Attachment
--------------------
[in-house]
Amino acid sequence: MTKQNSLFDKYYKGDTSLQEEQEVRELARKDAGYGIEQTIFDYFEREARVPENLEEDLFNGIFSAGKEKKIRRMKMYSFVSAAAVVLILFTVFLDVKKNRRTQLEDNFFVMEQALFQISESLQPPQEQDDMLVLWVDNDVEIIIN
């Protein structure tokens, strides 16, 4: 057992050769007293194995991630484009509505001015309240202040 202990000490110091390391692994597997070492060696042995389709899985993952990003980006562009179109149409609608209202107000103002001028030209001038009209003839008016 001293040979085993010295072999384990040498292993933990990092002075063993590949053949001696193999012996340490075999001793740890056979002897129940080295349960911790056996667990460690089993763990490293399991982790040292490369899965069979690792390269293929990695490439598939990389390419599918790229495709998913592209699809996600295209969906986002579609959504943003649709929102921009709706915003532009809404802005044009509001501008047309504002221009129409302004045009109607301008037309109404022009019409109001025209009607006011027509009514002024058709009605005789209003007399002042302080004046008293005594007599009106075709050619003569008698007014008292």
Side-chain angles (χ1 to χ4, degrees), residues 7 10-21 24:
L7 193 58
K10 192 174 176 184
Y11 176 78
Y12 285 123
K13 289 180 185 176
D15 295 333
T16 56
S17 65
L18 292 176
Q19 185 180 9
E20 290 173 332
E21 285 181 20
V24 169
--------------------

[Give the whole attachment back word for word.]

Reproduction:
[in-house]
Amino acid sequence: MTKQNSLFDKYYKGDTSLQEEQEVRELARKDAGYGIEQTIFDYFEREARVPENLEEDLFNGIFSAGKEKKIRRMKMYSFVSAAAVVLILFTVFLDVKKNRRTQLEDNFFVMEQALFQISESLQPPQEQDDMLVLWVDNDVEIIIN
């Protein structure tokens, strides 16, 4: 057992050769007293194995991630484009509505001015309240202040 202990000490110091390391692994597997070492060696042995389709899985993952990003980006562009179109149409609608209202107000103002001028030209001038009209003839008016 001293040979085993010295072999384990040498292993933990990092002075063993590949053949001696193999012996340490075999001793740890056979002897129940080295349960911790056996667990460690089993763990490293399991982790040292490369899965069979690792390269293929990695490439598939990389390419599918790229495709998913592209699809996600295209969906986002579609959504943003649709929102921009709706915003532009809404802005044009509001501008047309504002221009129409302004045009109607301008037309109404022009019409109001025209009607006011027509009514002024058709009605005789209003007399002042302080004046008293005594007599009106075709050619003569008698007014008292």
Side-chain angles (χ1 to χ4, degrees), residues 7 10-21 24:
L7 193 58
K10 192 174 176 184
Y11 176 78
Y12 285 123
K13 289 180 185 176
D15 295 333
T16 56
S17 65
L18 292 176
Q19 185 180 9
E20 290 173 332
E21 285 181 20
V24 169